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Yeast starter from frozen yeast

 
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rivetcatcher



Joined: 21 Apr 2016
Posts: 93
Location: Thailand

Drinking: Electric Pale Ale Sessionable

Working on: Bohemian Pilsner


PostLink    Posted: Thu Oct 11, 2018 2:14 am    Post subject: Yeast starter from frozen yeast Reply with quote


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Iím in the process of defrosting some liquid yeast that I have harvested from a starter and frozen with glycerin. This is something I will write up in another post with my results.

My question is this, the process I am following recommends defrosting the Yeast and putting it into a small 500ml starter to get it going. The resultant yeast should then be transferred to a larger 2 litre starter to continue growing.

I am struggling to understand why they have two steps. Why donít I just pitch the defrosted sample straight into the larger 2 litre starter. The gravity of the two starters will be the same anyway. To me it seems an unnecessary step as once the yeast gets going surely it should continue working through a 2litre starter the same way that it would through a 500ml.

Am I missing something?

Rivet

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Ozarks Mountain Brew



Joined: 22 May 2013
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PostLink    Posted: Thu Oct 11, 2018 4:03 am    Post subject: Reply with quote

the reason is to not to stress the yeast, a dormant yeast seeing a huge amount of food could freak out or stress and produce off flavors in the process, it's better to go slow and test the yeast first
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rivetcatcher



Joined: 21 Apr 2016
Posts: 93
Location: Thailand

Drinking: Electric Pale Ale Sessionable

Working on: Bohemian Pilsner


PostLink    Posted: Thu Oct 11, 2018 8:01 am    Post subject: Reply with quote

Yeah I understand that in regards to a full batch of beer but when we are talking about a starter with a difference in wort volume of between 500ml and 2000ml Iím not 100% sure that the yeast would really be underpitched.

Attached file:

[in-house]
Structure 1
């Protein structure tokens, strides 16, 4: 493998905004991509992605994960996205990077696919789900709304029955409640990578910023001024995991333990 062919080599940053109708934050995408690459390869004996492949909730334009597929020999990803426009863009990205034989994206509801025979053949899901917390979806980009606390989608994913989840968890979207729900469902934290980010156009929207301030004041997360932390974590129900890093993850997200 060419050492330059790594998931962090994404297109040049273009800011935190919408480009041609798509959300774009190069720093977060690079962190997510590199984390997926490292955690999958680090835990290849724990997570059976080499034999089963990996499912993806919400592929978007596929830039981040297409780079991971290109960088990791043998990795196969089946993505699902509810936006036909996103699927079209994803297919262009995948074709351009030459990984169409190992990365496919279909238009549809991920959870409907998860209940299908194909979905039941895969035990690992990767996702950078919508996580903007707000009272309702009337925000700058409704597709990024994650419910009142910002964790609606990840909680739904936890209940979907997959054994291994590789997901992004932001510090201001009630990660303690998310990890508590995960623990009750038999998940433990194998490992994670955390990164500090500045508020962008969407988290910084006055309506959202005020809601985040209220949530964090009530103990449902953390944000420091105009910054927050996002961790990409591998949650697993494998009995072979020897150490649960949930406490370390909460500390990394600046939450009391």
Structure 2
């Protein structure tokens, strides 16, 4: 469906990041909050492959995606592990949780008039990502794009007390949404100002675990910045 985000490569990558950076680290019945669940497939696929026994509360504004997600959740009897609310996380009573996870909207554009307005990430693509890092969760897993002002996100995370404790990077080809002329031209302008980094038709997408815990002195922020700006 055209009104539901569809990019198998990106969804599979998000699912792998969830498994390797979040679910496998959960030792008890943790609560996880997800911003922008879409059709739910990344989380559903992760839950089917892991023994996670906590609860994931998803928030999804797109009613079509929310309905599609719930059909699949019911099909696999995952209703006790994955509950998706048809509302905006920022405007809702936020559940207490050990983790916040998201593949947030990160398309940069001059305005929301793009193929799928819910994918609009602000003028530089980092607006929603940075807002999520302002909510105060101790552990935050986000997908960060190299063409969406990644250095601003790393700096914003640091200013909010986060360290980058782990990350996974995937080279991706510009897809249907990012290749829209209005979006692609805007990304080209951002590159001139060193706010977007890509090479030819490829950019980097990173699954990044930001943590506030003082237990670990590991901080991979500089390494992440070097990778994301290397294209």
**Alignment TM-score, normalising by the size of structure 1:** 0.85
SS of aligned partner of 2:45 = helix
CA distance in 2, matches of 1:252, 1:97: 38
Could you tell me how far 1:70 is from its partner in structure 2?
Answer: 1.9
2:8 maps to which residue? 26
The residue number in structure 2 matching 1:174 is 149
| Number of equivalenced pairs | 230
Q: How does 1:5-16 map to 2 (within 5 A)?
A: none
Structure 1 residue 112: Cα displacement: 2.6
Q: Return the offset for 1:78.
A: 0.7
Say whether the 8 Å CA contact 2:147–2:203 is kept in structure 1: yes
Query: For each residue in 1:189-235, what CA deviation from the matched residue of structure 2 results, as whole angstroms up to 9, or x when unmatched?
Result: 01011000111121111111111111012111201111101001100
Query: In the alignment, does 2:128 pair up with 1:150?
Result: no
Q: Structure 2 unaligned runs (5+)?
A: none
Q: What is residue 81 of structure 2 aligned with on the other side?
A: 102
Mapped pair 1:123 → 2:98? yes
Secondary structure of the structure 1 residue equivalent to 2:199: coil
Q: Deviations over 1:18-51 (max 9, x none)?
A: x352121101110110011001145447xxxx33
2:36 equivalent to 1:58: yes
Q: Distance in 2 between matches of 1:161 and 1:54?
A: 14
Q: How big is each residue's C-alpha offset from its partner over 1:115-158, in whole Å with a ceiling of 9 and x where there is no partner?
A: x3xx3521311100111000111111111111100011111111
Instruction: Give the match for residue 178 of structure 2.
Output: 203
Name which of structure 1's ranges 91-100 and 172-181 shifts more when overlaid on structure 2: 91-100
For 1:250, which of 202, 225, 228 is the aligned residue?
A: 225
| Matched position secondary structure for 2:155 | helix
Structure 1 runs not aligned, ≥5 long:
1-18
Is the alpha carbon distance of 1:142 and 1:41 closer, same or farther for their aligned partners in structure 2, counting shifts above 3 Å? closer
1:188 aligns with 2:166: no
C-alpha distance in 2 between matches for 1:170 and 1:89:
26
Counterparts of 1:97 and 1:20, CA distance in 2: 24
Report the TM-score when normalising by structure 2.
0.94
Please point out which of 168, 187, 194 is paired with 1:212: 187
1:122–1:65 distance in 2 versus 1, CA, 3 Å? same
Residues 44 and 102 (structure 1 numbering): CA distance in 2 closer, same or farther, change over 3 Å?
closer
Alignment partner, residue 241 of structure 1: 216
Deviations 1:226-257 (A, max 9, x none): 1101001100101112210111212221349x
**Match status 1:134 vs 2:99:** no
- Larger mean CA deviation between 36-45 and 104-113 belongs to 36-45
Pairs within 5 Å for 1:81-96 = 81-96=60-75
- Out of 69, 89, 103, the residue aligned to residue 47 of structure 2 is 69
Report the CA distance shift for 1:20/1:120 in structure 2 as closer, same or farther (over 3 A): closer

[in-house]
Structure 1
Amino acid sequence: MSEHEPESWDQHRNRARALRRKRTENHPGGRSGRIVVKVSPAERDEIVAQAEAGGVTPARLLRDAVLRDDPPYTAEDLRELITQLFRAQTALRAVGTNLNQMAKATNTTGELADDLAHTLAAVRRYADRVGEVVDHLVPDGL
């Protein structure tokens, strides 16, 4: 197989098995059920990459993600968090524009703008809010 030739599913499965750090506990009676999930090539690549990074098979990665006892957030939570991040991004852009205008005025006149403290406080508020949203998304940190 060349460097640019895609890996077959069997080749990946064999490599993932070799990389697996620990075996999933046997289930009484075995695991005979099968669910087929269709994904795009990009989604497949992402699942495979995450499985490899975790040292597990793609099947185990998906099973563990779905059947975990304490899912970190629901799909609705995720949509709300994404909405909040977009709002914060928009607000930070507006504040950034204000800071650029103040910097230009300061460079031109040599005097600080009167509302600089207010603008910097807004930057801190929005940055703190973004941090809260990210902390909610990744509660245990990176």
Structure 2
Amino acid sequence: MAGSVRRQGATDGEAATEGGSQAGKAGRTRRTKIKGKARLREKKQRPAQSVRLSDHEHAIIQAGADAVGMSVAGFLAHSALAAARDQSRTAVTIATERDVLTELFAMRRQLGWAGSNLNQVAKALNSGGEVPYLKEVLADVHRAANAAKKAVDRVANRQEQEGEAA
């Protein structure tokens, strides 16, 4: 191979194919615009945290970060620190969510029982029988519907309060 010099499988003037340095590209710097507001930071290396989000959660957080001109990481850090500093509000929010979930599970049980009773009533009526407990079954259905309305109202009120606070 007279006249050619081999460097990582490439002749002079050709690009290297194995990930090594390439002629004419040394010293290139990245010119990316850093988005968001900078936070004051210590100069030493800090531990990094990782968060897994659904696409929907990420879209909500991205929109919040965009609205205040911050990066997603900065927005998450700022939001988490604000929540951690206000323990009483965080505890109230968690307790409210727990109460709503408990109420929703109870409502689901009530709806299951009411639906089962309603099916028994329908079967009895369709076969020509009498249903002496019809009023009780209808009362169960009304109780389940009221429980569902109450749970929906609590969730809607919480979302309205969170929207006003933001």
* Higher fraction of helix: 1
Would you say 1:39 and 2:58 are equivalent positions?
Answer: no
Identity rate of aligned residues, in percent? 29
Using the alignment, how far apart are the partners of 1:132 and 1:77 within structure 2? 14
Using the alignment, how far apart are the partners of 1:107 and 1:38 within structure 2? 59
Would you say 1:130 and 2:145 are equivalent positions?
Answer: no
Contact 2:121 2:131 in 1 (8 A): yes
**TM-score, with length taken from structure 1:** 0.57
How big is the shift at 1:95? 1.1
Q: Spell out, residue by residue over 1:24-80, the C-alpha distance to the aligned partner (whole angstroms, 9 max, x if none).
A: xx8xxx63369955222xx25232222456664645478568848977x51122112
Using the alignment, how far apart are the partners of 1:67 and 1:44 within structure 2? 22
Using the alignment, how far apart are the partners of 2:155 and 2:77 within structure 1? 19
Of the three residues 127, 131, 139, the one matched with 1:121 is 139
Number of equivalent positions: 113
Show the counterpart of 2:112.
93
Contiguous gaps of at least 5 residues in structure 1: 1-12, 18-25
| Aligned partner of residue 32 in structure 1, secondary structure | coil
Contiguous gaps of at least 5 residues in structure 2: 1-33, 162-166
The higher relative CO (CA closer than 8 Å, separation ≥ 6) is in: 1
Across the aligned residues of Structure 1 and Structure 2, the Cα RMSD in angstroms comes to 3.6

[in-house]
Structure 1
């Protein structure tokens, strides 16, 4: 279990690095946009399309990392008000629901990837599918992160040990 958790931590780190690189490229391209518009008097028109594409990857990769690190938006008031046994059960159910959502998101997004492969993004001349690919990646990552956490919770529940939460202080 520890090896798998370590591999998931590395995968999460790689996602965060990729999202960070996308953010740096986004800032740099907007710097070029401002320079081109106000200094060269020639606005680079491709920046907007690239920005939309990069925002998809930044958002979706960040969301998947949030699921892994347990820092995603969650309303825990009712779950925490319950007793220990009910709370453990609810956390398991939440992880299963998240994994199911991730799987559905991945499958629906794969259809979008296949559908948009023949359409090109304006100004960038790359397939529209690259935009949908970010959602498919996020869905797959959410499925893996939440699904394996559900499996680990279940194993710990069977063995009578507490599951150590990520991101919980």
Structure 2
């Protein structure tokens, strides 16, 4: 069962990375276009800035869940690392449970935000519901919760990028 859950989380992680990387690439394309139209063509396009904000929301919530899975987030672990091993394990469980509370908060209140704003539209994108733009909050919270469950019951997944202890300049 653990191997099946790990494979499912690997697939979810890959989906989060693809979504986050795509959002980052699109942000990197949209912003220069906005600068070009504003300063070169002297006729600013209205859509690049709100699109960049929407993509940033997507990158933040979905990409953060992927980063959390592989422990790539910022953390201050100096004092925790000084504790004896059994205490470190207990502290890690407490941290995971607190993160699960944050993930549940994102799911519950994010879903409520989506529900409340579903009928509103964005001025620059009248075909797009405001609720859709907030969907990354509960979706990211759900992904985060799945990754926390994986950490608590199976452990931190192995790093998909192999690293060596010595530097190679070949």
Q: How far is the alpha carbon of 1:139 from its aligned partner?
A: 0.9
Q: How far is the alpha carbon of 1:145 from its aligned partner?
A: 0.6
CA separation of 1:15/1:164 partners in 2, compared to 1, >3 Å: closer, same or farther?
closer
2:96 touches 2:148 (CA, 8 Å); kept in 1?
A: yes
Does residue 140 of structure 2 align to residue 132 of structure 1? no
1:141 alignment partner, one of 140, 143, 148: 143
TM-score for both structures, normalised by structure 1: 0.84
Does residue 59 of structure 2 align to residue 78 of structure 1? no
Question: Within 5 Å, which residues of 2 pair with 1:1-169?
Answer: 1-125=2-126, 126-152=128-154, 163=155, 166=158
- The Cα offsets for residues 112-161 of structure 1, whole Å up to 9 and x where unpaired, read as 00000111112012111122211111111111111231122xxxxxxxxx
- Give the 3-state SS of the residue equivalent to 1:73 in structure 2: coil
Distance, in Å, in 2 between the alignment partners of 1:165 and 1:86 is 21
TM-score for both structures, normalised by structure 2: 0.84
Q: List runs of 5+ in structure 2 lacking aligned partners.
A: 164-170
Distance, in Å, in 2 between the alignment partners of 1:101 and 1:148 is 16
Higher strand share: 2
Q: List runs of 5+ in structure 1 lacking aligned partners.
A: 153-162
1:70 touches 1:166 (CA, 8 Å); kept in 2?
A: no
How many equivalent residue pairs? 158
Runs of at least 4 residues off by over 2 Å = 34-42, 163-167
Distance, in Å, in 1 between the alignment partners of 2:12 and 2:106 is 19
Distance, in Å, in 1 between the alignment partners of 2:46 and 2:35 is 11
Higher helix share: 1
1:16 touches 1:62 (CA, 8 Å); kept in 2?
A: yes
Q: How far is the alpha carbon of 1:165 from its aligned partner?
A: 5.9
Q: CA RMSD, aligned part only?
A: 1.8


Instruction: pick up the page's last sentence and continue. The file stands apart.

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dp Brewing Company



Joined: 08 Jul 2013
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PostLink    Posted: Thu Oct 11, 2018 2:48 pm    Post subject: Reply with quote

2000 ml is 300% larger than 500 ml. Seems like a bid difference to me. I would set it up personally.
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rivetcatcher



Joined: 21 Apr 2016
Posts: 93
Location: Thailand

Drinking: Electric Pale Ale Sessionable

Working on: Bohemian Pilsner


PostLink    Posted: Fri Oct 12, 2018 9:03 am    Post subject: Reply with quote

Iím in the process of testing one of my frozen viles. Defrosting and starting with a 500ml starter.

Rivet

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McGruber



Joined: 12 Aug 2014
Posts: 229
Location: Idaho


PostLink    Posted: Thu Oct 18, 2018 3:48 pm    Post subject: Reply with quote

People with PHD's in Yeasties say that you're not supposed to propagate yeast by more than 10X at each step. So if you start with 1 mL of yeast, you're supposed to bump it up to 10 mL, then 100 mL, then 1000 mL, and so forth. I believe that it simply has to do with what has been observed by those who spend all their time studying such things to be the most efficient and healthiest way to propagate yeast. It's the standard for professional brewers/ breweries.

I don't see what volume of yeast you're starting with - if you have 200 mL of yeast, then a 2000 mL starter makes plenty of sense.

Of course you can add a smaller volume of yeast to a bigger volume of wort - one smack pack into 5 gallons is way bigger than a 10X increase. However, as Ozarks Mountain Brew states, the potential is that yeast could produce off flavors, they could not like the ratio of wort components compared to their ability to consume them and lyse (explode - creating off flavors and lower than expected attenuation because cells are dead), they could just hang around and simply work minimally, and/or from a cost perspective it would simply be a waste of wort. I'm sure you'd be fine in either case, but I agree that "theoretically" there's a big difference between pitching (for example) 1 mL of yeast into 500 mL vs 2000 mL of wort from a ratio perspective.

Good luck!

P.S. I'm curious how your experiment goes. I've always heard you shouldn't freeze yeast.
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